Vivaldi is already available on the Microsoft Store , the Microsoft App Store for Windows, and a centralized repository that, for various reasons, has to continue to settle as the default alternative for installing apps on Windows.
As you know, Vivaldi is one of the most popular web browsers of the new wave that emerged from the Chromium code and, always from the distance with which Chrome dominates the landscape, one of the most interesting alternatives due to the approach it practices, in where customization and functionality are at the core of its offering.
Its latest version, Vivaldi 6.0 , came out exactly a month ago with various new features, according to the news, but if you haven’t tried it yet, don’t go to its website to download it: install it directly from the Microsoft Store if you use Windows 10 or Windows 11.
Because? Because the centralized distribution model can have its problems, but it also has its advantages, including two of the first order: accessibility and security. Accessibility, because it is much easier to search in a single site than in the entire Internet, as well as being much easier to update the applications that you have installed on your system at the stroke of a pen.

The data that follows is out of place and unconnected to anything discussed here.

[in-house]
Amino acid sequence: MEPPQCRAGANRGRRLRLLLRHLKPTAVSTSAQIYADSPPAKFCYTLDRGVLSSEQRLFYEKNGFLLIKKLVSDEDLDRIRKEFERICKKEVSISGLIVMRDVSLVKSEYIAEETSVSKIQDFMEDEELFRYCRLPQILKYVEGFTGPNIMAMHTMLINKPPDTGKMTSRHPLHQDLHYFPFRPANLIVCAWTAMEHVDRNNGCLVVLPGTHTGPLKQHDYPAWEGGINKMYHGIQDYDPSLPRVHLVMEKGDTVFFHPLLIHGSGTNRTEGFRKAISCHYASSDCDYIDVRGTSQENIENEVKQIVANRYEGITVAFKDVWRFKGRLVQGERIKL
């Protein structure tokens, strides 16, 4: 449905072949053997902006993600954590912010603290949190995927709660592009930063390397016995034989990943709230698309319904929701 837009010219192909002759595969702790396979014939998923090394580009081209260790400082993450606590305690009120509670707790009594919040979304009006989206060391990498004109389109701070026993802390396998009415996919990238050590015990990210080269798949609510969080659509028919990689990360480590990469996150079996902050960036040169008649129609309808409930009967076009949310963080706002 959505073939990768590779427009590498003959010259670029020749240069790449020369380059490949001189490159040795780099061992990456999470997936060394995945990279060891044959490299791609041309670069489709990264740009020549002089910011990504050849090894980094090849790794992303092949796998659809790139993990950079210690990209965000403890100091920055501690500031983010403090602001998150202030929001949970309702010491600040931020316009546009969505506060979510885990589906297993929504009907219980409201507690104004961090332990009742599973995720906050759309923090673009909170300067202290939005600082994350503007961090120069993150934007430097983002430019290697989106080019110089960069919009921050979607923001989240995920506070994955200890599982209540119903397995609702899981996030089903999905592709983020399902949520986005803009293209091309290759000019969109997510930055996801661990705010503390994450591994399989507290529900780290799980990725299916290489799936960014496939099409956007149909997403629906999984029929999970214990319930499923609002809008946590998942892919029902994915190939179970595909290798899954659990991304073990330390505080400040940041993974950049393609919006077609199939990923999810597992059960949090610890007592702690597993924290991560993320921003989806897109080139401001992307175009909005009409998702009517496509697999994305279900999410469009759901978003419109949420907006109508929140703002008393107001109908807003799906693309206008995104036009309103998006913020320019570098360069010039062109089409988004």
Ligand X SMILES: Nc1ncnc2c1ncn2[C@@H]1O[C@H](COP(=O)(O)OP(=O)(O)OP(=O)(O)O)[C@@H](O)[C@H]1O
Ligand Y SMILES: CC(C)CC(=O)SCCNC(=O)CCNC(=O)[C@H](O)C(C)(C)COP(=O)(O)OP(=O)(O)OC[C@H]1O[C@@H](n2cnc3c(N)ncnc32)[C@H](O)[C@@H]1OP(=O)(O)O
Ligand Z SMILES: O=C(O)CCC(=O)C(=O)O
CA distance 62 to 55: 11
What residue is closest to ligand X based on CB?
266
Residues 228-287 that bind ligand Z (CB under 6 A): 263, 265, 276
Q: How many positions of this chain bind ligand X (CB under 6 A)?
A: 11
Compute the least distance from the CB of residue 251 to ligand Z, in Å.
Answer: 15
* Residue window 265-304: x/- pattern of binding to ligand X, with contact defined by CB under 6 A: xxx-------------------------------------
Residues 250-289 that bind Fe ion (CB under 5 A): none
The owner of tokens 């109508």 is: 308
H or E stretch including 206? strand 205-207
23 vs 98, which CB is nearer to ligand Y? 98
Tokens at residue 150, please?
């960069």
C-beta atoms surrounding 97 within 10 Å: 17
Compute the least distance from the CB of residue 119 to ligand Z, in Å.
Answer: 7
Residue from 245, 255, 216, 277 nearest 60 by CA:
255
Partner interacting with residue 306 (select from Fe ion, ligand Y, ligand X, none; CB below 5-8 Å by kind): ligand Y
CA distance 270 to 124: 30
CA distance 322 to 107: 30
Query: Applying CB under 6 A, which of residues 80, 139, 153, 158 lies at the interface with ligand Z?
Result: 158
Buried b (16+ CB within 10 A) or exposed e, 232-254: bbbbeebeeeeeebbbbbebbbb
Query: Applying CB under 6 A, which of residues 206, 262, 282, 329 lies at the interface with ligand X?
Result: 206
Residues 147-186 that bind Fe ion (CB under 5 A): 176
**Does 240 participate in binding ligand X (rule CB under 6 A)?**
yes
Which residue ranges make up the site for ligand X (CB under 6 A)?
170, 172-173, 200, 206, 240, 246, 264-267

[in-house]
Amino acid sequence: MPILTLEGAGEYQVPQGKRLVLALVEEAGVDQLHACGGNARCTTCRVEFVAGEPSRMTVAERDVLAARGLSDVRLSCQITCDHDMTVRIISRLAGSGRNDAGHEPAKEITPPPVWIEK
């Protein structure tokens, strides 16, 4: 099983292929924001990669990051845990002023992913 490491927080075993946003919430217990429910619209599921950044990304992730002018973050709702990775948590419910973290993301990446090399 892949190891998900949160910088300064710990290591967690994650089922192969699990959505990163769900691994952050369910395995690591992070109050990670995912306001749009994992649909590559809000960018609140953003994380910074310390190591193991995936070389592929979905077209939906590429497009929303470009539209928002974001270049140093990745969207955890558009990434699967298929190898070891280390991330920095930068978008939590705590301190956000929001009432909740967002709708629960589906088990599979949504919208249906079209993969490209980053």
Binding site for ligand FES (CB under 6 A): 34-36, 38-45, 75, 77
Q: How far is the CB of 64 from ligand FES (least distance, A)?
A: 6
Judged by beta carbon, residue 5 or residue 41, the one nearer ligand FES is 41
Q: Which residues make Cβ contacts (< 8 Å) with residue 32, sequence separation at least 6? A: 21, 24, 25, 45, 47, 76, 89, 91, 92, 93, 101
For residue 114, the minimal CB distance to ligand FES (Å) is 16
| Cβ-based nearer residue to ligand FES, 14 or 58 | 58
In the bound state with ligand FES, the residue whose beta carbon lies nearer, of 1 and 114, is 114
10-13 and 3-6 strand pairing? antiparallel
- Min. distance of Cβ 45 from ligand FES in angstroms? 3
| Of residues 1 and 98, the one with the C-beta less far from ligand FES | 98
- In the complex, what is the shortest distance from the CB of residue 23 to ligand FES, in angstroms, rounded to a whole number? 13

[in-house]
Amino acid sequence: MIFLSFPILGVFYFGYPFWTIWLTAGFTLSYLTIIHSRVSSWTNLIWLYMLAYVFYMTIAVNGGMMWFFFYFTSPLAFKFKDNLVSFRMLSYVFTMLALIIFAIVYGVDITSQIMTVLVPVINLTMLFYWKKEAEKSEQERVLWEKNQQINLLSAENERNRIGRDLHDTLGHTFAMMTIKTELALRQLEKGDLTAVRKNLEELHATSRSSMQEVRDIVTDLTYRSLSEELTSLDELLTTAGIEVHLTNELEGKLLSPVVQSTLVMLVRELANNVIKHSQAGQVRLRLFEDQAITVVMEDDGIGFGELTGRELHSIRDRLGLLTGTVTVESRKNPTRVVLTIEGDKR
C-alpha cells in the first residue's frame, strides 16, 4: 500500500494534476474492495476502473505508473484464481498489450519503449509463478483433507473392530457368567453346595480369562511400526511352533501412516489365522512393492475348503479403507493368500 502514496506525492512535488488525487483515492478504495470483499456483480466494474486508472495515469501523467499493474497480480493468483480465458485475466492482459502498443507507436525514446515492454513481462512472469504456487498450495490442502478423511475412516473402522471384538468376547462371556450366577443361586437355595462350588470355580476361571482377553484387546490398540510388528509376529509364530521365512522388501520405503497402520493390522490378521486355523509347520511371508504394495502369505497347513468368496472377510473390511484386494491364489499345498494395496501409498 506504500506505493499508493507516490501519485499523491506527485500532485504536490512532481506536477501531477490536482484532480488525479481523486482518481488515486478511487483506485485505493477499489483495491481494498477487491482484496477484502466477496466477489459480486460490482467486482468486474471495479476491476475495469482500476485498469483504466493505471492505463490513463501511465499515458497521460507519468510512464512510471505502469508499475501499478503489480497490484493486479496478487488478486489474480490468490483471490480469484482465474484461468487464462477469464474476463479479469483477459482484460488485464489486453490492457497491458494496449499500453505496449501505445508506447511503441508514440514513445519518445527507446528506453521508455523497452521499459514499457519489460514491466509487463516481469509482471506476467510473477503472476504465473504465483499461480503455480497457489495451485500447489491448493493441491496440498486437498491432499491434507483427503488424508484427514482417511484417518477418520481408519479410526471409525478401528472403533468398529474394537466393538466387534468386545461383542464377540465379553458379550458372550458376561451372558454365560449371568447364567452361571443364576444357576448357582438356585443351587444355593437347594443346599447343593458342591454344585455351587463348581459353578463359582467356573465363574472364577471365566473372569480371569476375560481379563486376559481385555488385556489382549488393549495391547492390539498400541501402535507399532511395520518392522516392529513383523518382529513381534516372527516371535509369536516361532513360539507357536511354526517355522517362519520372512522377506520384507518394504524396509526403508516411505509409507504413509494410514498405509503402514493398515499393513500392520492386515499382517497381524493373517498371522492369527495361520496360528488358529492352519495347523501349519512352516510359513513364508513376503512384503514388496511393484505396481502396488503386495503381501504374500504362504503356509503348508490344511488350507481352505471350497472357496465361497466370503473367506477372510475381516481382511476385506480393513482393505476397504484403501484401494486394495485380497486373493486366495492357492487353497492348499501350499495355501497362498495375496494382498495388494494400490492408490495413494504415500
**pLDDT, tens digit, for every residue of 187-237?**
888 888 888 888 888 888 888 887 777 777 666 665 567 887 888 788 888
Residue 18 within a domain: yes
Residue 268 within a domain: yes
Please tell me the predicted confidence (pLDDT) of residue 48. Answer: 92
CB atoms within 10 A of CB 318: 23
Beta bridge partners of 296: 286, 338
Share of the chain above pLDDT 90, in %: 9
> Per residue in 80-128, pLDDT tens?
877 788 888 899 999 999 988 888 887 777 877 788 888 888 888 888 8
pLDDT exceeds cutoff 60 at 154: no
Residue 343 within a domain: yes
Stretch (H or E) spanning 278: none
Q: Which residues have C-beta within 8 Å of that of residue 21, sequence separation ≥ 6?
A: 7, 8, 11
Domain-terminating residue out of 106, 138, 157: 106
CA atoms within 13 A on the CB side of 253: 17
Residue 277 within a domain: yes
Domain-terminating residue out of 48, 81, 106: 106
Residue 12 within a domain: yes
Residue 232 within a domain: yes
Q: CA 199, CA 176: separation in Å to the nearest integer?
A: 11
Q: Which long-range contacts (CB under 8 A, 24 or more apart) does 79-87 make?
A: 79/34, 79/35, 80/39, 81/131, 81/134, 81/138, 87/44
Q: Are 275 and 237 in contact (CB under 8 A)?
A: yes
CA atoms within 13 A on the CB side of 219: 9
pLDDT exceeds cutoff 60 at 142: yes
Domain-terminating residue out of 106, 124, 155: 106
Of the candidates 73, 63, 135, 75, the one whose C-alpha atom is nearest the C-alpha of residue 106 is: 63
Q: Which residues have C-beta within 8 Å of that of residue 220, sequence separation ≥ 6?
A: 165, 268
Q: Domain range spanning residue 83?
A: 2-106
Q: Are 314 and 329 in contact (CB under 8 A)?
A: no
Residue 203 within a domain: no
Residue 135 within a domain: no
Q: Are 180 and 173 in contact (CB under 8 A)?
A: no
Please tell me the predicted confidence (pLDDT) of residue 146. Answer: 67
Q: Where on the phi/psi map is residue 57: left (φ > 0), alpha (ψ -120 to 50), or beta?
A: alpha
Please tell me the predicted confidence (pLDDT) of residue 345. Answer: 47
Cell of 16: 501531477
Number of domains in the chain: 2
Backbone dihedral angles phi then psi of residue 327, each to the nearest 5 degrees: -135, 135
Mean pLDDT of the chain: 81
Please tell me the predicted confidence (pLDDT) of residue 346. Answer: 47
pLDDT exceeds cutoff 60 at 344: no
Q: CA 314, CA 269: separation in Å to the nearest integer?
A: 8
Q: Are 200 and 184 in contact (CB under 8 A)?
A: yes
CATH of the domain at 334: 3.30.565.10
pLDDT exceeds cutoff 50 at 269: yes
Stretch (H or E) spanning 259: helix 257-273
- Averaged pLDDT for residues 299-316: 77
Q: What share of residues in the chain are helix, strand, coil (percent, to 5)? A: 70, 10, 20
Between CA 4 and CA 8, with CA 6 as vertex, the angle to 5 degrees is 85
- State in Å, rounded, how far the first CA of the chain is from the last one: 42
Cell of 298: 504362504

Security, because although something can always escape, all the software that is published in the Microsoft Store is monitored by Microsoft and it is more difficult for them to slip through. In any case, the lack of cleanliness can be attributed to it, in the sense of allowing applications so similar by name that they can be misleading, but they are on top of it in various aspects and it shows.
The Microsoft Store is based on the application store model popularized by Apple with its App Store and this, in turn, is based on the centralized repository model popularized by Linux for its distributions. And although there must always be the possibility of being able to get out of the norm so that they don’t lock you up, it is the most comfortable and safe model there is.
So don’t just stick with Vivaldi: check out the Microsoft Store, see how many of the apps you’ve installed elsewhere are there, and make the switch, if you haven’t already. It comes out.
By the way, along with Vivaldi you can find other web browsers in the Microsoft Store: Firefox, Brave, Opera… even Microsoft Edge is there, although it’s not necessary because Windows would embed it in your soul if it could.